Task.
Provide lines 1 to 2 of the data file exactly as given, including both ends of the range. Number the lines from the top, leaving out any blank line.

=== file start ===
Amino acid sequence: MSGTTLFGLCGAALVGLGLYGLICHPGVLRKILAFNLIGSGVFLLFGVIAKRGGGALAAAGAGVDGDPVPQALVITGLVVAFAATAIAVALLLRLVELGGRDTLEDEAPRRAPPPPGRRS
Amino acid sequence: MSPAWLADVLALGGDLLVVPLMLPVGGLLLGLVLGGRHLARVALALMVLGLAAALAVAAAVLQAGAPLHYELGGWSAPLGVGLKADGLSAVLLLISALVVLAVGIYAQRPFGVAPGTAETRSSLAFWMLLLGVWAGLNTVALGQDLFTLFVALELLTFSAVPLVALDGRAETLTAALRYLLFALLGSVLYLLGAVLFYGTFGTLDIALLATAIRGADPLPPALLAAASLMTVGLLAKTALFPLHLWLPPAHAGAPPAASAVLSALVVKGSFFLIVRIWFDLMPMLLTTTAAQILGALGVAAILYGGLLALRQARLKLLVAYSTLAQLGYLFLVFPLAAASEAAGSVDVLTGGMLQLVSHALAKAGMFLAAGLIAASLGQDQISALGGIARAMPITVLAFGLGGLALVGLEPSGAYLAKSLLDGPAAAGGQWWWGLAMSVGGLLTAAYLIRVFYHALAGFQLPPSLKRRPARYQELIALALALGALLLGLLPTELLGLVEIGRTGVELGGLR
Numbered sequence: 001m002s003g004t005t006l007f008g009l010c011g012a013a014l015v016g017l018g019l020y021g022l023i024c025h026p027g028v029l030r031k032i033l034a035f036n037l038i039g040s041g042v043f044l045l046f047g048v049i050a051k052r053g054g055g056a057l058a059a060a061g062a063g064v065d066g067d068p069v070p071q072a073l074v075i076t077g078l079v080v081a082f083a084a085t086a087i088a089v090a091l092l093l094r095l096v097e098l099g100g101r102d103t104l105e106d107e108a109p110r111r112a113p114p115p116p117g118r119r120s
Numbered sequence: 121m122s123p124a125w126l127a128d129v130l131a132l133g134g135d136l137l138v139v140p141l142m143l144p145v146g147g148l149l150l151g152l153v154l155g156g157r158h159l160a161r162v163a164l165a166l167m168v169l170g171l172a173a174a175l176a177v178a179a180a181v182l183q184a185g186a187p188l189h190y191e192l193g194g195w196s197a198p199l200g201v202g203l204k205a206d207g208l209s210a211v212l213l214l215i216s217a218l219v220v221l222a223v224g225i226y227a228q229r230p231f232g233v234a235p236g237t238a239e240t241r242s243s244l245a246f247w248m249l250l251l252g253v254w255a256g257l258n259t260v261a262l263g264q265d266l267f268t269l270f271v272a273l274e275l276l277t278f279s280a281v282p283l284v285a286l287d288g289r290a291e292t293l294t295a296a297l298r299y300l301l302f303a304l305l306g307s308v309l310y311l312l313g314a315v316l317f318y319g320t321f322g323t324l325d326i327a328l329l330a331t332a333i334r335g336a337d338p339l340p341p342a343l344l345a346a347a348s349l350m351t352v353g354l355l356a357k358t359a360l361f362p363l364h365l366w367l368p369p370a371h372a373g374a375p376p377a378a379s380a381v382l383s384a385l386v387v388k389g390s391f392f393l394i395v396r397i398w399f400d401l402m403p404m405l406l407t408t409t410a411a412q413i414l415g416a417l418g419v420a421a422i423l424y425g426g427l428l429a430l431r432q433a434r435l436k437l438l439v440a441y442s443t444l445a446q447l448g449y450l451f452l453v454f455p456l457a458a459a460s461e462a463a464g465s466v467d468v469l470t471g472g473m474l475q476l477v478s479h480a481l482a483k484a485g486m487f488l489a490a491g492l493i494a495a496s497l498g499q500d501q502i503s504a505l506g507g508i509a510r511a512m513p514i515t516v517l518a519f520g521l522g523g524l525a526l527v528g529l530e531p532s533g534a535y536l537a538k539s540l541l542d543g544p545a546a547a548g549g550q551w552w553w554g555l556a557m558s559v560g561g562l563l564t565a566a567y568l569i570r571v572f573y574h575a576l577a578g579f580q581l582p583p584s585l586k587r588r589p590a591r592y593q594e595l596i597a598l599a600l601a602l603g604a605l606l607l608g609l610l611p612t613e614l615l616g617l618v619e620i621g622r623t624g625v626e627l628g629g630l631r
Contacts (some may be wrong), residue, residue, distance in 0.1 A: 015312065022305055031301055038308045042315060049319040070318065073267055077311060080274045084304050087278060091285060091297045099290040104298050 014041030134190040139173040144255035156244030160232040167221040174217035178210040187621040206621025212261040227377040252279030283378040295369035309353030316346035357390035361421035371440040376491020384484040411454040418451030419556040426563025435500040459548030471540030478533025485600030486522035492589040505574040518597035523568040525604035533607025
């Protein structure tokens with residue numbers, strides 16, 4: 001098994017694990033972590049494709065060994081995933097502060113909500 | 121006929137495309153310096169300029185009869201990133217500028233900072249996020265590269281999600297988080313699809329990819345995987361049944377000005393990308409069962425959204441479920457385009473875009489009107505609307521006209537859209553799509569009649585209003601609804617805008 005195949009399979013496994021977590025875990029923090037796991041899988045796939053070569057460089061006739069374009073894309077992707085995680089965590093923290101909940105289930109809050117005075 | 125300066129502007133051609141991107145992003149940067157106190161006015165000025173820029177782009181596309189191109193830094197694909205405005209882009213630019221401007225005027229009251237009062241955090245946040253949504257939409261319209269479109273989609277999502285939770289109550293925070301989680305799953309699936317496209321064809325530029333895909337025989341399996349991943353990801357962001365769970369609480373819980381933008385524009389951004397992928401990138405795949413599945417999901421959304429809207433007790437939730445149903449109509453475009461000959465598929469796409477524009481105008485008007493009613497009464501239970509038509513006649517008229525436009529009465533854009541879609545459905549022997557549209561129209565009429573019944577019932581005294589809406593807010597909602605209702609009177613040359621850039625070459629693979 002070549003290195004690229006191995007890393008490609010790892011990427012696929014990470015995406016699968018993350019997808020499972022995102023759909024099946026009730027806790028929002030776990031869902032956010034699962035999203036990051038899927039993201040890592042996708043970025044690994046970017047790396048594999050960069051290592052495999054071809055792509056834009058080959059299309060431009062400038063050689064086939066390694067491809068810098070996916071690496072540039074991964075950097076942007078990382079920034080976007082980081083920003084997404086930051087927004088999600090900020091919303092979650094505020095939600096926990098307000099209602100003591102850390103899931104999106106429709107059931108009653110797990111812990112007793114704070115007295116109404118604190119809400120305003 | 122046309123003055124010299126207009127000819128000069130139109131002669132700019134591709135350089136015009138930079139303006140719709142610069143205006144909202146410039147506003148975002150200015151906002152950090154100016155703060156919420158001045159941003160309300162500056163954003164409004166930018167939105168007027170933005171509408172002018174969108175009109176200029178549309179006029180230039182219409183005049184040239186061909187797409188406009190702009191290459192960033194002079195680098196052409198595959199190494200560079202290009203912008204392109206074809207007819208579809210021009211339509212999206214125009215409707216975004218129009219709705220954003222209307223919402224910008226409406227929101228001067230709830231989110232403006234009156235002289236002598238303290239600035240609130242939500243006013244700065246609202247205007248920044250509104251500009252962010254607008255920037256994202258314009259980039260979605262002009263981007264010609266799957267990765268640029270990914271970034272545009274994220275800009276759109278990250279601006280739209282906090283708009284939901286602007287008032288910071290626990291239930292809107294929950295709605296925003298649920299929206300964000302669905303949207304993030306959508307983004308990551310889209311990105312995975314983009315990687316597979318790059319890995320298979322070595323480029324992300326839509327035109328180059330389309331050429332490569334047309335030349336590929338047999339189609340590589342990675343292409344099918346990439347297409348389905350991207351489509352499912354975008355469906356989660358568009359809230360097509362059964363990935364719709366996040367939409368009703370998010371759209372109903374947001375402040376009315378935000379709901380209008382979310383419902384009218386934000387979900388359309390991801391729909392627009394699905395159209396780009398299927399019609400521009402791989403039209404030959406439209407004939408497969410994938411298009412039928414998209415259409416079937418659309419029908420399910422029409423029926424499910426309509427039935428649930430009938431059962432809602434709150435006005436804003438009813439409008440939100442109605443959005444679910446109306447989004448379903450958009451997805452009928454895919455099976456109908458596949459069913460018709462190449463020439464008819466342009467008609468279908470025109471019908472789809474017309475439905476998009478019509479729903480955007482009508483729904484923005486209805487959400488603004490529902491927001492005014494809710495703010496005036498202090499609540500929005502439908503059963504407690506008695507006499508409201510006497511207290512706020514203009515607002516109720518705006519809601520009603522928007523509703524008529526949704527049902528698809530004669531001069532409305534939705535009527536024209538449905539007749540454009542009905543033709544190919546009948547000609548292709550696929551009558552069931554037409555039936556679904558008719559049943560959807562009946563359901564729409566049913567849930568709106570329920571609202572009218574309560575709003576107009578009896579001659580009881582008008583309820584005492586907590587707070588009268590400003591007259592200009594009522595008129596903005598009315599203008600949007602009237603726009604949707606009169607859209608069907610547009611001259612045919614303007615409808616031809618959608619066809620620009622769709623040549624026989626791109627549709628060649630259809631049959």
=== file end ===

Amino acid sequence: MSGTTLFGLCGAALVGLGLYGLICHPGVLRKILAFNLIGSGVFLLFGVIAKRGGGALAAAGAGVDGDPVPQALVITGLVVAFAATAIAVALLLRLVELGGRDTLEDEAPRRAPPPPGRRS
Amino acid sequence: MSPAWLADVLALGGDLLVVPLMLPVGGLLLGLVLGGRHLARVALALMVLGLAAALAVAAAVLQAGAPLHYELGGWSAPLGVGLKADGLSAVLLLISALVVLAVGIYAQRPFGVAPGTAETRSSLAFWMLLLGVWAGLNTVALGQDLFTLFVALELLTFSAVPLVALDGRAETLTAALRYLLFALLGSVLYLLGAVLFYGTFGTLDIALLATAIRGADPLPPALLAAASLMTVGLLAKTALFPLHLWLPPAHAGAPPAASAVLSALVVKGSFFLIVRIWFDLMPMLLTTTAAQILGALGVAAILYGGLLALRQARLKLLVAYSTLAQLGYLFLVFPLAAASEAAGSVDVLTGGMLQLVSHALAKAGMFLAAGLIAASLGQDQISALGGIARAMPITVLAFGLGGLALVGLEPSGAYLAKSLLDGPAAAGGQWWWGLAMSVGGLLTAAYLIRVFYHALAGFQLPPSLKRRPARYQELIALALALGALLLGLLPTELLGLVEIGRTGVELGGLR